MR: I wasn’t trying to predict the outcome of this election and the prospect of someone coming out of left field to win the presidency doesn’t bother me, per se. What I find deeply troubling is how easy people are to manipulate and turn against their own interests. As I write this, there is a proposal in the House to raise the retirement age to 69 while gutting Social Security benefits. For those voters who were riled up enough to vote Republican and put Donald Trump in the White House, their quality of life probably isn’t going to be affected by illegal aliens or Muslims nearly as much as it will be, say… having to eat dog food for the last thirty years of their life. The problem is that the fear of terrorism or drug cartels captures people’s imaginations in a way that the boring issues that actually impact their lives do not. This is the great danger of democracy. Policymakers just need to find a way to discuss Social Security in a way that involves explosions, I guess.

DCN: The appliances seem to be having some emotional crisis; do we see a revolt in the future?

MR: I can’t reveal that, but you do see a lot more of the animal appliances and their developing relationships.


DCN: The kids are older than they were on the show. What was the reason for that?

MR: Babies are just sort of cute and boring. I wanted Pebbles and Bamm-Bamm to have personalities and opinions. A character doesn’t really become interesting until they can interact with their world on their own terms. It was Dan Didio’s idea for them to be middle-school aged, as he felt it was a really under-explored age range. And he was right.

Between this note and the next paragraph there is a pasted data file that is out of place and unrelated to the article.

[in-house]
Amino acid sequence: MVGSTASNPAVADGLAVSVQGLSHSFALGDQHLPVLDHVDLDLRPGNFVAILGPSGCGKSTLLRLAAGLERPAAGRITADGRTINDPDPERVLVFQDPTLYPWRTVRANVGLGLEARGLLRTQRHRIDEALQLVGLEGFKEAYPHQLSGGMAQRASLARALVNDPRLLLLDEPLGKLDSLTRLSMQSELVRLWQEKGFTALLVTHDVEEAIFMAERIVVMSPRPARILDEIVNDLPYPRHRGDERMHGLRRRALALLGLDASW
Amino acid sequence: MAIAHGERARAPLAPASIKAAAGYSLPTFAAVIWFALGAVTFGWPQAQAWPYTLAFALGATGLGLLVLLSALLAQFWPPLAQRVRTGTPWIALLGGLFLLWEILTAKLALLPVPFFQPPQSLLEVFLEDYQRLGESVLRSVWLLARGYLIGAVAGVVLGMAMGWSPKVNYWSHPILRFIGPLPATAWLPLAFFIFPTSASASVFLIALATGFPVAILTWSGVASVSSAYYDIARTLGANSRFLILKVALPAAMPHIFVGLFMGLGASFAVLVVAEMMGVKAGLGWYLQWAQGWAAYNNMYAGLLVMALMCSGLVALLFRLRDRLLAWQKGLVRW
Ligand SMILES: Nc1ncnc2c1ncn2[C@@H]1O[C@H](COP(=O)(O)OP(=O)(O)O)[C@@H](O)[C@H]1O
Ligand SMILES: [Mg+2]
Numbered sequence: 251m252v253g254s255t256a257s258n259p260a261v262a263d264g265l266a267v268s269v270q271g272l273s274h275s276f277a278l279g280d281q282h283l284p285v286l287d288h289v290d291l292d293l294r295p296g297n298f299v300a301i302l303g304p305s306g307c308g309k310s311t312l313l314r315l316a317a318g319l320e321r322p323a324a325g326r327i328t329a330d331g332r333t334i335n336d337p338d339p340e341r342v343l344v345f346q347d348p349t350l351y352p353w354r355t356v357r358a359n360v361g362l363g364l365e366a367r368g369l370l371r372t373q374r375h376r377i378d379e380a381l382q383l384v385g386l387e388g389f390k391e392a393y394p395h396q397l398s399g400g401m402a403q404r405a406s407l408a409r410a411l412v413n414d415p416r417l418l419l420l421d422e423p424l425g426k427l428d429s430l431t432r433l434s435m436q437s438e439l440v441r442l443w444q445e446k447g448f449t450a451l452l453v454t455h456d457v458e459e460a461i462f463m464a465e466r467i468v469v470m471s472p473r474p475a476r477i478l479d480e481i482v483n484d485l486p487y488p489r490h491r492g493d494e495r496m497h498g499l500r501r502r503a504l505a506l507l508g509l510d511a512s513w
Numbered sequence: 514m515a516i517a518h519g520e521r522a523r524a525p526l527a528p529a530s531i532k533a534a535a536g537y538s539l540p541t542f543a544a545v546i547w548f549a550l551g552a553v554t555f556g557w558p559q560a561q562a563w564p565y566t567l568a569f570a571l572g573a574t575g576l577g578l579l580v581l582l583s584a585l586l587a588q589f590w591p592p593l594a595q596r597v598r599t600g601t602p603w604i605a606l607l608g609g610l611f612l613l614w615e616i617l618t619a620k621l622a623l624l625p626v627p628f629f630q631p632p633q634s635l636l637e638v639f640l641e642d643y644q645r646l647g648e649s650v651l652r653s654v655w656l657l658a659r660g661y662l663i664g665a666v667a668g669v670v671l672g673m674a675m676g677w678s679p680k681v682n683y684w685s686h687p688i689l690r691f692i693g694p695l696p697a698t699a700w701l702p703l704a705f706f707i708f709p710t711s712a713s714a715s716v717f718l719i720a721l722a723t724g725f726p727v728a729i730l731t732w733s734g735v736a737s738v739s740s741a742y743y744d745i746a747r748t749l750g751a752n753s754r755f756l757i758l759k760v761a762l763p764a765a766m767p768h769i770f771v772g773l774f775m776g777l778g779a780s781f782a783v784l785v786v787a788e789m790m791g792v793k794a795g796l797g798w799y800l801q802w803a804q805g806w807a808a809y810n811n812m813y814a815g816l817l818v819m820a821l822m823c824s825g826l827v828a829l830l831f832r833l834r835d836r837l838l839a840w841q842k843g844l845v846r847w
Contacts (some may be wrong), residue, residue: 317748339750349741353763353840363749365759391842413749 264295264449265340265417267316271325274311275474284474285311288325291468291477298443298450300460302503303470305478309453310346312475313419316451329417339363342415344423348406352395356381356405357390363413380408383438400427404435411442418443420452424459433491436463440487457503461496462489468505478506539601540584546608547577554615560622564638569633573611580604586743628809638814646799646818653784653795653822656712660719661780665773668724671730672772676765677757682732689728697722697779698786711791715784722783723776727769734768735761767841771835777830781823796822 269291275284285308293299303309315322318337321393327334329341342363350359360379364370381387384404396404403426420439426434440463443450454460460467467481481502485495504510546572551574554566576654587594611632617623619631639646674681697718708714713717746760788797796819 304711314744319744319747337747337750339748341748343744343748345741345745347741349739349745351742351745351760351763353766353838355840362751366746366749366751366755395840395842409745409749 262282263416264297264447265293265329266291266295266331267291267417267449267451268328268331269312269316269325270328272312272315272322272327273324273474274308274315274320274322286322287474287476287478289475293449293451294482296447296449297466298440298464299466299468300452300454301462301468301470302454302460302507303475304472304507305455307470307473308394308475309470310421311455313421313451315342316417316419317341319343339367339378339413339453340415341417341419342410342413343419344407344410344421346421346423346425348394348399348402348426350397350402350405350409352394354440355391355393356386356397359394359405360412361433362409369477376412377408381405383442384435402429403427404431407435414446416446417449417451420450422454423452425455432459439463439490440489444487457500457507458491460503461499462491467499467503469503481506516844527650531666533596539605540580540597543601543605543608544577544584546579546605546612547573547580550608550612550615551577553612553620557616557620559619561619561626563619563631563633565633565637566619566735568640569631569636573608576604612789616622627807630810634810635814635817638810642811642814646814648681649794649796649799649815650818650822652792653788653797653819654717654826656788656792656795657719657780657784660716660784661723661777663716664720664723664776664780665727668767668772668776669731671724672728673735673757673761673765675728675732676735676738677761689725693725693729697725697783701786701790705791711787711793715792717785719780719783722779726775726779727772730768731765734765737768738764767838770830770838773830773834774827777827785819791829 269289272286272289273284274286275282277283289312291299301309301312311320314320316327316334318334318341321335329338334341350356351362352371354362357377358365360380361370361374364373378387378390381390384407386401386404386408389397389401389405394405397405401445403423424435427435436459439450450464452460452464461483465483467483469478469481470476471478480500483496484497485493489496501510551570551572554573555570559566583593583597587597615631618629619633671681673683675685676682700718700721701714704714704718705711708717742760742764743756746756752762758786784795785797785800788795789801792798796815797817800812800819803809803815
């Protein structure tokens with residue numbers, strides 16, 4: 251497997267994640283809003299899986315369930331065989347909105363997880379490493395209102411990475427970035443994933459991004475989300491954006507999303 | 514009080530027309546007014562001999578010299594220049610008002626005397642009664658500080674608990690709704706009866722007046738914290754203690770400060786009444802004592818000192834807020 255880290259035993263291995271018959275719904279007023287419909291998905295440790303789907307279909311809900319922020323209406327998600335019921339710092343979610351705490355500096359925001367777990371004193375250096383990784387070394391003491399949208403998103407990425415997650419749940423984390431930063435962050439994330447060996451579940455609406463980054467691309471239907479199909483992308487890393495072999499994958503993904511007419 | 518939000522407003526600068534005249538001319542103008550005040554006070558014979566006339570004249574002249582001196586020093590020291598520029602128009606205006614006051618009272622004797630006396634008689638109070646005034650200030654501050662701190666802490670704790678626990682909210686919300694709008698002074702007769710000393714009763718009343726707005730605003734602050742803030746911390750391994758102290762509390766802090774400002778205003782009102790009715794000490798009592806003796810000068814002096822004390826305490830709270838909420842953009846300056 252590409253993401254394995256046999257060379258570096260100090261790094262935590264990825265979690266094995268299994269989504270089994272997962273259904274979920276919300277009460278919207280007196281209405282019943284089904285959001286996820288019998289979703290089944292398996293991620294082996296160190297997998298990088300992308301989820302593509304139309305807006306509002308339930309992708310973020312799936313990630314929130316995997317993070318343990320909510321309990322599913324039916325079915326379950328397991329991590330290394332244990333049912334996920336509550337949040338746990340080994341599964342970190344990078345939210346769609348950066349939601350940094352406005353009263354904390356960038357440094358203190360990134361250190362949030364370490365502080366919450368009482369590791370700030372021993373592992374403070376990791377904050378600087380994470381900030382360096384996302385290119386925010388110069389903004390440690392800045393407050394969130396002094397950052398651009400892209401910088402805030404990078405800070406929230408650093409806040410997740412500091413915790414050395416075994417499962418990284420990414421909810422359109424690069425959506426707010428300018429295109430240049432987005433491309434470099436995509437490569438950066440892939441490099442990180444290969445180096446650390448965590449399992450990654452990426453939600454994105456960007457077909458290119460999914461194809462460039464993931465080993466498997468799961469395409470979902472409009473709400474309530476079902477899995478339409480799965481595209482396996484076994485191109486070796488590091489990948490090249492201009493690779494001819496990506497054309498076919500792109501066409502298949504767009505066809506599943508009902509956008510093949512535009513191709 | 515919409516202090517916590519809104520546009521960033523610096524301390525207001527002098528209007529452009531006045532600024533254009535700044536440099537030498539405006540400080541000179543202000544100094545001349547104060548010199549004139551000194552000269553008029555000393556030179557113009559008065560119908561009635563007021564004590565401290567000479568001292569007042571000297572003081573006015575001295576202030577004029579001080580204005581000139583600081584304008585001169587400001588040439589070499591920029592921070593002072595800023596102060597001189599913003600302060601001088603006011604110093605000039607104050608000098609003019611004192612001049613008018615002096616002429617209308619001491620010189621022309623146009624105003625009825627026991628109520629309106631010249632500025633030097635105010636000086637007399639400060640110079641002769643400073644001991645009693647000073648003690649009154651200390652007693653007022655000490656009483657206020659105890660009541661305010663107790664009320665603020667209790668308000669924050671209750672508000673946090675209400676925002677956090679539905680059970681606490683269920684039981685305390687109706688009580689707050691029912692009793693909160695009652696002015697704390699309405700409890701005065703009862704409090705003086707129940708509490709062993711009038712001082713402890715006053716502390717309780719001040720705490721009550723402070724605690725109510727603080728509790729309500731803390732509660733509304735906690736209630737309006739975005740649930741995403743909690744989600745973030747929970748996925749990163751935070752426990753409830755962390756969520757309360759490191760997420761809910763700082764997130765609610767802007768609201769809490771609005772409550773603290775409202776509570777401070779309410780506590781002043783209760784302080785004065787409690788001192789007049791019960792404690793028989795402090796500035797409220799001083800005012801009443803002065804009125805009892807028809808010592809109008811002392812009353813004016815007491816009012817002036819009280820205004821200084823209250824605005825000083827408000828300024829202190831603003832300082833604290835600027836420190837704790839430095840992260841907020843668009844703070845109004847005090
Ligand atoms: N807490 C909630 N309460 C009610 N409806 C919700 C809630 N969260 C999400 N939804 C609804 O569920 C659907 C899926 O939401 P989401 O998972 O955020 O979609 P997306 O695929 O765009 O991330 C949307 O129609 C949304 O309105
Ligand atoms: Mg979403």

DCN:  Bamm-Bamm’s backstory is touching. It finally explains his crazy strength. How did that come about?

MR: Of all the characters in The Flintstones, he just feels like such an outlier. He’s got this superpower that just seems to spring from nowhere, so it just made sense to incorporate that into his backstory. Plus, I think he was a foundling in the original Flintstones cartoon, if I recall.

DCN: Why did you decide to make Pebbles the voice of reason? She always seems to be the calming influence.

MR: I feel like I’m the voice of reason (doesn’t everyone feel that way about themselves?), so I simply use Pebbles as my mouthpiece when people get out of control at Bedrock Middle School or on field trips.

DCN: What is your favorite issue so far? How long is the run going to be?

MR: I think my favorite so far was Issue #3. The story of the alien invasion of Bedrock was so much fun to write and it culminated in such a dark and tidy ending. Plus, it allowed me to introduce the Great Gazoo to the cast, which I was dying to do.

I’m planning for #12 to be my last issue of writing The Flintstones. David Mamet once described writing plays as running a marathon and writing for TV as running until you die. I don’t want to run until I die. I want to end the series while it’s still good. Not to say I wouldn’t come back to The Flintstones at some later point, though.


Thanks to Mark Russell for taking the time to answer a few questions about this incredible retelling of our favorite Modern Stone Age Family.

Be on the lookout for Issue 7 on January 4th! The first six issues are available now, so if you haven’t read it yet, what are you waiting for? Read it! Gerald commands you!